Cigar Smokers and the Fight for Public Places
The weather is getting warmer, and restaurants in cities across the United States are stretching out onto sidewalks. Why not bring a touch of Europe across the Atlantic and enjoy the fresh air? Well, for some, fresh air is what's at issue. Smokers, after spending a winter enduring the elements, are happy to enjoy a bit of comfort. With most cities passing smoking bans, outside has become the last option for a lot of us, and outdoor dining almost always leads to ill will.
I was out on my front stoop a few nights ago, cigar in hand – as I've done for the past two years at this location. Customers at Bistro Cassis, a few doors down, complained loudly and in shrill voices, "You can't do that! It's blowing right at us!" Well, I reminded her, it's a public place, and I can do what I want. I continued to enjoy my cigar, though I moved back a little bit, so the building would provide some cover. Routinely, staff at the restaurant has been unnecessarily rude, perhaps in an attempt to show some advocacy for guests. Routinely, the staff fails.
Had she asked nicely, of course, I would have gladly relocated to the benches on Central Park West, a block away. Most cigar smokers seem to share this attitude. Ask nicely, and we'll accommodate the best we can. Demands and rude tones tend not to yield the desired results.
Smoking bans are an easy target for cigar smokers (and, for that matter cigarette smokers), and I admit, our community gripes about them a bit too much. We're past the point of being productive, and dwelling on the injustice feels like a waste of time. The fight for outdoor spaces, however, is a very real outcome of the prohibition on indoor smoking. Without locations where we can partake of our chosen luxury, we're forced outside. Though the laws vary, most do not prohibit smoking on sidewalks. So, that's where we go, disrupting dining experiences as a result.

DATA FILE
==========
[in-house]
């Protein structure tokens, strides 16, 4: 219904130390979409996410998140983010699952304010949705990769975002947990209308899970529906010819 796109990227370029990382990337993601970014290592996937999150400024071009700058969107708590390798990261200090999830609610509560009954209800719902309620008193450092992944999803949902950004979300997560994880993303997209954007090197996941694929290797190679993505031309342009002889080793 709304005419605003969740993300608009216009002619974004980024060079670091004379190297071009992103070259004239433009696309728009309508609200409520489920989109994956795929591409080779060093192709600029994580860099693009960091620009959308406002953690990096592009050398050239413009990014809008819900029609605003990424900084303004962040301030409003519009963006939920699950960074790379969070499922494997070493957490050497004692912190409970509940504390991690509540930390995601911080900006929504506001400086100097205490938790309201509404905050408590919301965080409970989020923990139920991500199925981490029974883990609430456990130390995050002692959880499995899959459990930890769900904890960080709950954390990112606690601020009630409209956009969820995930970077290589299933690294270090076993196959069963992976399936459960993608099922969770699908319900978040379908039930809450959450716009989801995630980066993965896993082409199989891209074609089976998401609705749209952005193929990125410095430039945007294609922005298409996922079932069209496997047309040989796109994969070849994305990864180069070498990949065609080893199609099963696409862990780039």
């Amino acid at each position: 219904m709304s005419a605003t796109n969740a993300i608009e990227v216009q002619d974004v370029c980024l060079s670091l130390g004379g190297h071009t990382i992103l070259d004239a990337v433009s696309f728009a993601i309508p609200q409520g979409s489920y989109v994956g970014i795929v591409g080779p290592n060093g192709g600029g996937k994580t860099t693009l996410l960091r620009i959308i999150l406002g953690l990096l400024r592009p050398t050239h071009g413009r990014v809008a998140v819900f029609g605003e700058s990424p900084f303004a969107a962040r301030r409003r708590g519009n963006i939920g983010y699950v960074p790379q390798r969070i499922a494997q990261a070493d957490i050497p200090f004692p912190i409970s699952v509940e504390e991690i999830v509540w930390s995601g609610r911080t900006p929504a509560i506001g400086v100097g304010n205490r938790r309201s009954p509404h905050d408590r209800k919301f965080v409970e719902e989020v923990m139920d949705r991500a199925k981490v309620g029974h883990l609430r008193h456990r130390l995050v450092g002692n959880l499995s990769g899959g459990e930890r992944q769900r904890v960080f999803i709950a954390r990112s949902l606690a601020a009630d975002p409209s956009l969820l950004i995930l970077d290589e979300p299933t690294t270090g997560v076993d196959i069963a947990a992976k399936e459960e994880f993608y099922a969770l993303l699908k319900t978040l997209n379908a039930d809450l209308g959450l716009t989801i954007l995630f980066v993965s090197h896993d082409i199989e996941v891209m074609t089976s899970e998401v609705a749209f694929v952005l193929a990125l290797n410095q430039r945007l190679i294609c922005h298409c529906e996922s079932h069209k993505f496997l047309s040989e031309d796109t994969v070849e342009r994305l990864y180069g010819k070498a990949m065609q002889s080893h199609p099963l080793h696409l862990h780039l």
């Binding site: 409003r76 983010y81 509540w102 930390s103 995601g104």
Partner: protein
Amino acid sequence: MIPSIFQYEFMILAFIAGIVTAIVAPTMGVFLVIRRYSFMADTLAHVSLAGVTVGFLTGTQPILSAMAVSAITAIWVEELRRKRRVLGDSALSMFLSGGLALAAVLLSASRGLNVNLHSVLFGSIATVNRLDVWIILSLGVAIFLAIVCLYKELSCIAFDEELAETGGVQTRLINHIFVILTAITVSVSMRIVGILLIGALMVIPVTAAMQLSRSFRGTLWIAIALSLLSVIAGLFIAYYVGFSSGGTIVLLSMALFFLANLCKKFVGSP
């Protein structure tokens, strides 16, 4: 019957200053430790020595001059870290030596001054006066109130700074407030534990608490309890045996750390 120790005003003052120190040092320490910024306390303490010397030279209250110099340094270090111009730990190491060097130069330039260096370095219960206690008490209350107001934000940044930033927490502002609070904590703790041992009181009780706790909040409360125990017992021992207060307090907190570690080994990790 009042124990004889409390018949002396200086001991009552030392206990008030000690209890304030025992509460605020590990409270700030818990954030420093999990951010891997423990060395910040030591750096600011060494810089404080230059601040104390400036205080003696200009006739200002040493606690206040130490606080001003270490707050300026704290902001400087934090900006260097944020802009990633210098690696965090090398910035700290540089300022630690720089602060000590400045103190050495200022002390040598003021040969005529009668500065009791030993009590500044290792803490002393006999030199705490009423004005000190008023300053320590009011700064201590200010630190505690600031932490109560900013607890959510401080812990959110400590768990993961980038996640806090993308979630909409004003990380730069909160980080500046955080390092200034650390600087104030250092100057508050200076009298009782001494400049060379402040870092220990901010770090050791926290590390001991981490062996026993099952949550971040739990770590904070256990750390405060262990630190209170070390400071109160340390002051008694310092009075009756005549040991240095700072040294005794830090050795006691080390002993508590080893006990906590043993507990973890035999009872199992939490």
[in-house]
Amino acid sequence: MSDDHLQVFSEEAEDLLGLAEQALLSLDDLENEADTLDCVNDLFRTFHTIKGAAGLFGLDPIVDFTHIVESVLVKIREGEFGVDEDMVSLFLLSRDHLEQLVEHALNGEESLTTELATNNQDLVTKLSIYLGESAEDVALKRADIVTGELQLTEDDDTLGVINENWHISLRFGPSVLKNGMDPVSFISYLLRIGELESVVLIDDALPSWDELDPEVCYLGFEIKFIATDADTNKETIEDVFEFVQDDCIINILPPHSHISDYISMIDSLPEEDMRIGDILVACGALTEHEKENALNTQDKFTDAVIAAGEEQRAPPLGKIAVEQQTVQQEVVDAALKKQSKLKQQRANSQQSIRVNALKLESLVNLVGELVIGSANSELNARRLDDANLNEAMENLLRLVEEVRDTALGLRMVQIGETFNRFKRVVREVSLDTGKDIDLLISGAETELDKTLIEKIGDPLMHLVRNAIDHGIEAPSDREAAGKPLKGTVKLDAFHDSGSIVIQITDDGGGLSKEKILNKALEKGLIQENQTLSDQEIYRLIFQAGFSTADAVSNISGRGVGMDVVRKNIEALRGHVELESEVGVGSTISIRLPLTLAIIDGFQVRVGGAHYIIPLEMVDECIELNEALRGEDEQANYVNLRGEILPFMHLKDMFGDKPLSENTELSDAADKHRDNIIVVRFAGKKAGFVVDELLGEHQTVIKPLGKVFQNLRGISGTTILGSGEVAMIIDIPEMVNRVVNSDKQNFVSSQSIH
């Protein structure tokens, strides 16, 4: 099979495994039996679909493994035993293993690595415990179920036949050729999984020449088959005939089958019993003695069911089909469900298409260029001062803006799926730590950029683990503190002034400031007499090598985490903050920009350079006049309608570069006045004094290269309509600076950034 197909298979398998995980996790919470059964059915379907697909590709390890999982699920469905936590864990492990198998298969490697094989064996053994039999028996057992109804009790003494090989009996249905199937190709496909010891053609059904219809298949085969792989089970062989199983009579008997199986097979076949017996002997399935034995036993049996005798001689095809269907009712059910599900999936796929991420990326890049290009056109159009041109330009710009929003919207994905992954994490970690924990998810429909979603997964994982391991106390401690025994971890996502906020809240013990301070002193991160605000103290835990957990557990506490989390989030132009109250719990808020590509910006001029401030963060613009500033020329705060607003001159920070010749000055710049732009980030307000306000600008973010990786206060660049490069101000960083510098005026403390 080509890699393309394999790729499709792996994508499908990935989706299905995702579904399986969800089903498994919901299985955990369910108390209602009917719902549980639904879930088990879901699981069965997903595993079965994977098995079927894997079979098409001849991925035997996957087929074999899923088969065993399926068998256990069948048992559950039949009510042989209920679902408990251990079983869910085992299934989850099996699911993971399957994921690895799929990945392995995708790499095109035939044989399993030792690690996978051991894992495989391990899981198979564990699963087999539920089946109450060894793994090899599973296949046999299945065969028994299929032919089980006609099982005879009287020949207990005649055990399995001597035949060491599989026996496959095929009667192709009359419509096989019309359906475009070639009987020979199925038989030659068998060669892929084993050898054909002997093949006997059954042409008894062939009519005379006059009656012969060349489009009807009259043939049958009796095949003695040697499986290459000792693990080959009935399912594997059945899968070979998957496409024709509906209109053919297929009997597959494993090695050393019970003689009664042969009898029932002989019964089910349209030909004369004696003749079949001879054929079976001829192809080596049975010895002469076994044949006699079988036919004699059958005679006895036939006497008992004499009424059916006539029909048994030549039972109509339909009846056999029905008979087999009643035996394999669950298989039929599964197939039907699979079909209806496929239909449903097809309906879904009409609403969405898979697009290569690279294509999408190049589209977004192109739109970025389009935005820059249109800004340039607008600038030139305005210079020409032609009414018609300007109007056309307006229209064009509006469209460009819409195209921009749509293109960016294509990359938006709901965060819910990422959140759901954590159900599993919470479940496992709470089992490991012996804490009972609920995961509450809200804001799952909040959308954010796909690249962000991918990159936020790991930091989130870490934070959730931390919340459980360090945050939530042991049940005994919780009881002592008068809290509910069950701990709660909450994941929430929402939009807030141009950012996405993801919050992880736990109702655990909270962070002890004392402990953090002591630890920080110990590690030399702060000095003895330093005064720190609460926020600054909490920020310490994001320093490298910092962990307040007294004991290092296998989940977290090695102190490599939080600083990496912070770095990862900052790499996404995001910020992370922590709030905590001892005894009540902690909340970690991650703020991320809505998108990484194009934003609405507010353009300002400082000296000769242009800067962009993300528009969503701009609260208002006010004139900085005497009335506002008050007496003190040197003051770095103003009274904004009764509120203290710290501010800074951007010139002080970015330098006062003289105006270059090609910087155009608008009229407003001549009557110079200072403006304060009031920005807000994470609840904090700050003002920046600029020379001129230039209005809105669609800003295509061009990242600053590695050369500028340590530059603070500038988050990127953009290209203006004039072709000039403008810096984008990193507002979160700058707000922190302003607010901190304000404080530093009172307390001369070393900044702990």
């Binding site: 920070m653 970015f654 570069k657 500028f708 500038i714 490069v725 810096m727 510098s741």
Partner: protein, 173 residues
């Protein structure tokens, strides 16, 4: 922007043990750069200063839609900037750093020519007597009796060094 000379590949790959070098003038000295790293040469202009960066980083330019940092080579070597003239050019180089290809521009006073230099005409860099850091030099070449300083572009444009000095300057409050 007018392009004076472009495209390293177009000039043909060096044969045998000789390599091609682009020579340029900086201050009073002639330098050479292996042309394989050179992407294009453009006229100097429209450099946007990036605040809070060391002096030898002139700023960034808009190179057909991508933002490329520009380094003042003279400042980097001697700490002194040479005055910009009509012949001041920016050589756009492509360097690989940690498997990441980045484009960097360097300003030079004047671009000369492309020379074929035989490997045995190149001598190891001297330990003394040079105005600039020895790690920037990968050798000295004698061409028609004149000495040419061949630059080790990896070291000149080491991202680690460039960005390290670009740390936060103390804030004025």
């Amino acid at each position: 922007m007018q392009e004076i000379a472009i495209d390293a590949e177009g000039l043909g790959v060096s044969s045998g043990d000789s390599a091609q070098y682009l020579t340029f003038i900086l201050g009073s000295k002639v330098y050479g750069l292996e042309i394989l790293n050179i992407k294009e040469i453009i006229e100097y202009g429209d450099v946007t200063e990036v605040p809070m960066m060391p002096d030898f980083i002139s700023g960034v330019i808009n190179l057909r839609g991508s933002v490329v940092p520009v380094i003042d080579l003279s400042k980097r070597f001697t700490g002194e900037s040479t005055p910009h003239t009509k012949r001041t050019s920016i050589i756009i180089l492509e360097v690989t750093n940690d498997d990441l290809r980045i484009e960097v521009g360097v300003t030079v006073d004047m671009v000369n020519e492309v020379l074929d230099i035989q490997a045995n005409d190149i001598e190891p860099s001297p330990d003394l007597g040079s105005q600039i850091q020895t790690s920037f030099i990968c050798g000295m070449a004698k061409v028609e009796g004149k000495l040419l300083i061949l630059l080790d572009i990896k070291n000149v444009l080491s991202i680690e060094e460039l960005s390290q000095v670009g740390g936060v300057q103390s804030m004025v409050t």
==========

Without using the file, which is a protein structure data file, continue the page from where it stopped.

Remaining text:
The smarter restaurateurs realize that there is little they can do, especially if they want your business. They explain to their customers the realities of city life. Those that take a combative stance run the risk of being embarrassed in front of their guests ... and becoming part of a generally sour dining experience.
The battle over "rights" tips in favor of cigar smokers on this issue, as they have every right to smoke where smoking is permitted. Ultimately, diners can choose to eat inside or find another restaurant. It sounds harsh, but it's true.
Alternatively, nonsmokers may find that a bit of understanding can be helpful. The best approach I've seen is from one diner who asked me how much time I had left to smoke. If it would be a while, she said, she'd eat inside, realizing she didn't have a choice. Or, ask politely, and be prepared for the answer to be some polite variation of "no."
For restaurant managers, there's another slick trick you can use that will make everyone happy. Instead of fighting a losing battle and risking embarrassment, invite the smoker inside for a glass of wine. The cigar smoke disappears, and you may wind up with a new guest ... a regular, in fact, if he lives nearby.
Smoking bans won't go away, and tighter restrictions are meeting with resistance. The worlds of smoker and non, it seems have no choice but to coexist.